I am currently trying to grasp some ideas on Lebesgue-Rokhlin spaces from Bogachev, "Measure Theory", vol. 2. Such spaces are also known as standard probability spaces but the definitions are not unique in the literature.

Let us restrict to probability measures.

Theorem 9.4.7: If $(M, \mathcal{M}, \mu)$ is Lebesgue-Rokhlin then it is isomorphic mod0 to $([0,1], \mathcal{B}[0,1], \nu)$ where $\nu = c \lambda + \sum_{n=1}^\infty \alpha_n \delta_{1/n}$ where $\alpha_n = \mu(a_n)$ and $a_n$ is the countable family of atoms of $\mu$.

Now every Borel probability measure on $[0,1]$ can be decomposed into an absolutely continuous part, a singular continuous part and an atomic part. In the above theorem I am somehow missing the singular continuous part. Is it not explicitely mentioned or what is the intuition that one only considers the absolutely continuous part and the atomic part? Is it "hidden" behind the Lebesgue measure?

  • $\begingroup$ It looks like the singular continuous part is intentionally omitted. That is, part of what the theorem asserts is that you can find an appropriate $\nu$ which has no singular continuous part. So the theorem is already nontrivial even if $M = [0,1]$. $\endgroup$ – Nate Eldredge Nov 20 '15 at 18:53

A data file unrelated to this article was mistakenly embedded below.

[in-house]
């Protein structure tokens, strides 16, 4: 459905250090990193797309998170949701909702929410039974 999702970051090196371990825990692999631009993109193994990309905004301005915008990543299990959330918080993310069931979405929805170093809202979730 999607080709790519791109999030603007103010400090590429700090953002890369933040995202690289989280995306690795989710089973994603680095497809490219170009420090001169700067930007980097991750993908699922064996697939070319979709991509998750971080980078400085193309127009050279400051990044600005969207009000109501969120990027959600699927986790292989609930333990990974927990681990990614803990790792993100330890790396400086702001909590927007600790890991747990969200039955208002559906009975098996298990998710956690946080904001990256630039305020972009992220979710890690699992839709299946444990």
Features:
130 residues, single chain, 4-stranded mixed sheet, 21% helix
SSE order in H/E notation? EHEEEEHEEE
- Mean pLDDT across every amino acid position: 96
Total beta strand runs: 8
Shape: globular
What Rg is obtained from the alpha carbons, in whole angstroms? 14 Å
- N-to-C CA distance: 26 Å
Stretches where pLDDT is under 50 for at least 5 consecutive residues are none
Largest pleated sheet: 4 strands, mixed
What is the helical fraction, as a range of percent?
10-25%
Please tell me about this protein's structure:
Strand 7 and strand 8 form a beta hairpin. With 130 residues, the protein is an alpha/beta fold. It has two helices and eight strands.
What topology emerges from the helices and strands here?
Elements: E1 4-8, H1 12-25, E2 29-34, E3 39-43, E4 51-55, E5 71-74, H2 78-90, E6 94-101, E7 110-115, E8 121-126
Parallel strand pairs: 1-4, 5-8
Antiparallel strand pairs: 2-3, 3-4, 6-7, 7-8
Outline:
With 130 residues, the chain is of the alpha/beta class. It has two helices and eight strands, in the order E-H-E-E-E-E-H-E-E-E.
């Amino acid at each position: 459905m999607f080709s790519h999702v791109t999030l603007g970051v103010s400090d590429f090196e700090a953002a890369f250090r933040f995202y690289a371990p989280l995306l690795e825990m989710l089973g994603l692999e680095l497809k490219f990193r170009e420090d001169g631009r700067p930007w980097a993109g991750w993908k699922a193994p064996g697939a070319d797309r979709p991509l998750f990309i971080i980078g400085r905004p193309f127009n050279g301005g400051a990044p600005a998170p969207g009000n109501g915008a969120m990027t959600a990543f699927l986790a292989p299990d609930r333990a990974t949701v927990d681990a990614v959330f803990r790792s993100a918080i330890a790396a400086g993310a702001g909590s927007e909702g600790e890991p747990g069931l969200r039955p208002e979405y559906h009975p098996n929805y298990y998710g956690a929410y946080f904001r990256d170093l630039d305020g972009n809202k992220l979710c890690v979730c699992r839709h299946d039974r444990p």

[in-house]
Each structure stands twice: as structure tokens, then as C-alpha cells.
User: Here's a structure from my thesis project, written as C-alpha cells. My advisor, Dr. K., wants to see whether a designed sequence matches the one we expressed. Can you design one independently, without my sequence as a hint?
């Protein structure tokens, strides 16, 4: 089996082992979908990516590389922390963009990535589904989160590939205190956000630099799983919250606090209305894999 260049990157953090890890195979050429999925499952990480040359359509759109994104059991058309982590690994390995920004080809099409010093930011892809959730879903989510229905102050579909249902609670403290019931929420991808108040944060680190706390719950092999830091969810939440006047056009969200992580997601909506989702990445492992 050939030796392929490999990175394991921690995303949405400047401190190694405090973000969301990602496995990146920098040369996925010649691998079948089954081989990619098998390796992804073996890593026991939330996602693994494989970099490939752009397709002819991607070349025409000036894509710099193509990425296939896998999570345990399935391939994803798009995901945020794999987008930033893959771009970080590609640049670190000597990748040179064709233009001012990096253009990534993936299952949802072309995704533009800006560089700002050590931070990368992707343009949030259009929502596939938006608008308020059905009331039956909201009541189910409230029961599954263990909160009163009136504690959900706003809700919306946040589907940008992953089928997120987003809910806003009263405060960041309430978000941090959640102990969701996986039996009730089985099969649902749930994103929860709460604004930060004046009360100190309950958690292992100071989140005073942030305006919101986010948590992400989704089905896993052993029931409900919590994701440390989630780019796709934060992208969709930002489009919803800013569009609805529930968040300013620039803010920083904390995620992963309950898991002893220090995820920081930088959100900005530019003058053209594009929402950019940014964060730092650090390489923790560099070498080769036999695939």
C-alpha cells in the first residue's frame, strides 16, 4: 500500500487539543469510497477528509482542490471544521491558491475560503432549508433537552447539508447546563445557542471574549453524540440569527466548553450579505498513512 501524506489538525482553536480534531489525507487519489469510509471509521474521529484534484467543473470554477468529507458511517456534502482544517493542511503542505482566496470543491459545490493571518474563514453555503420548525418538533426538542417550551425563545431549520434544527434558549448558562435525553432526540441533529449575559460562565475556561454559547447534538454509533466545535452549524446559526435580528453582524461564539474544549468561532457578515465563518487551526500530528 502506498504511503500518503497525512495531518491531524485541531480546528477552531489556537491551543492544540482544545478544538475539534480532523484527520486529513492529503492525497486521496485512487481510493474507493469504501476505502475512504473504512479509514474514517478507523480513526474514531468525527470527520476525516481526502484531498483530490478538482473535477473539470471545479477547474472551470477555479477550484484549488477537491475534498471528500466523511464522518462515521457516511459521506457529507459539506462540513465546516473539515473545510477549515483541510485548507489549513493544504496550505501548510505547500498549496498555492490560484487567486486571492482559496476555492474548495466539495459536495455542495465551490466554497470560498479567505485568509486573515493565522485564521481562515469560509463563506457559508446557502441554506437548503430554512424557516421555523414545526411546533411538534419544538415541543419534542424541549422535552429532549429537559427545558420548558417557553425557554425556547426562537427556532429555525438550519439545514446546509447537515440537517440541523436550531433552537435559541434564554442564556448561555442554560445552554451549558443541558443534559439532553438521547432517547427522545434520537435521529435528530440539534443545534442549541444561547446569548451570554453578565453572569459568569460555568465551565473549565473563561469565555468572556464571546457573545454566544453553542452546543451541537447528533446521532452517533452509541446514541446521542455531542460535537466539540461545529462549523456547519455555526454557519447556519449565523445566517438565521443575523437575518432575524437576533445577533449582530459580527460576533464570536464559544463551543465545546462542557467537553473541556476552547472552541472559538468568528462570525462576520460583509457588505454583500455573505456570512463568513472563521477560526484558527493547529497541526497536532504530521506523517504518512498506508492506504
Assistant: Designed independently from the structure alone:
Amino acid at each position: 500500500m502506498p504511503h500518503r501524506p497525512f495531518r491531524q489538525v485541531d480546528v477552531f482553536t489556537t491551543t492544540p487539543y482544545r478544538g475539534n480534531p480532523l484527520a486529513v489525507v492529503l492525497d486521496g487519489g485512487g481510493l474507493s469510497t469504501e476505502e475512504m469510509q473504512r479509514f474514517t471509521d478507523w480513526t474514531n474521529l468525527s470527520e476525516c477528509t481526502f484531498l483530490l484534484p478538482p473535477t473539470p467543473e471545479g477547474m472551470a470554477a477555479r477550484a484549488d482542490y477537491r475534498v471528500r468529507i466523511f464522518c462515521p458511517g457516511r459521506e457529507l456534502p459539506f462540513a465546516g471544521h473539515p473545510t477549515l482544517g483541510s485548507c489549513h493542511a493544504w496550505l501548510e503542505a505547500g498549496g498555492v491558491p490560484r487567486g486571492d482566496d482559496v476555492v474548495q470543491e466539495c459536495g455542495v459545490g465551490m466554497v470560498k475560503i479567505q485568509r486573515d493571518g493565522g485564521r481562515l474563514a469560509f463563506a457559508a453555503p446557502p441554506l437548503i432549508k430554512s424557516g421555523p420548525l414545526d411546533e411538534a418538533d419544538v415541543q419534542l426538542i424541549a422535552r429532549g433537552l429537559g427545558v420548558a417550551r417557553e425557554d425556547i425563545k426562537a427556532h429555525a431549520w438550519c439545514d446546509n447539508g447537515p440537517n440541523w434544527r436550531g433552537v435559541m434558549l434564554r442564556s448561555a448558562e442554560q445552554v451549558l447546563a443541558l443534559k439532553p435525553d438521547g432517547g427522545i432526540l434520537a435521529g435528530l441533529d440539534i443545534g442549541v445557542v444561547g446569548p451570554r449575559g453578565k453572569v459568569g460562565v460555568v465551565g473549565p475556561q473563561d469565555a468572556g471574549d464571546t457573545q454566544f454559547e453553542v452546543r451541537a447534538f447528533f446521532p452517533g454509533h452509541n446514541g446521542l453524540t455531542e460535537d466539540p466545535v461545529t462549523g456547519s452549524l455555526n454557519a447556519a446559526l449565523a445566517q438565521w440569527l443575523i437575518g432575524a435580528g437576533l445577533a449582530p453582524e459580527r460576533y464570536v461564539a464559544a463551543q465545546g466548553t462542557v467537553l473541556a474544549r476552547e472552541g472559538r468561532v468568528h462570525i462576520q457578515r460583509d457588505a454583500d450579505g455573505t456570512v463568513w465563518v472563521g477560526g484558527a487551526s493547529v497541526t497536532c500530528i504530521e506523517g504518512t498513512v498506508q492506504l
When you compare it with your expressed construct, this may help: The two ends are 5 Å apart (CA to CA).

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    $\begingroup$ For example, the Cantor measure on [0,1] (which is singular continuous) is isomorphic mod0 to Lebesgue measure (which has no singular continuous part), where the isomorphism $T$ is the Cantor staircase function. $\endgroup$ – Nate Eldredge Nov 20 '15 at 18:56
  • $\begingroup$ Thanks ... of course (see Example 3.6.2, where he also references to Chapter 9 for generalization). $\endgroup$ – yadaddy Nov 20 '15 at 19:51

Forget about the atomic part. The gist of the theory is that (up to isomorphism) there is only one purely non-atomic Lebesgue-Rolhlin space, and it is isomorphic to the unit interval endowed with the Lebesgue measure.


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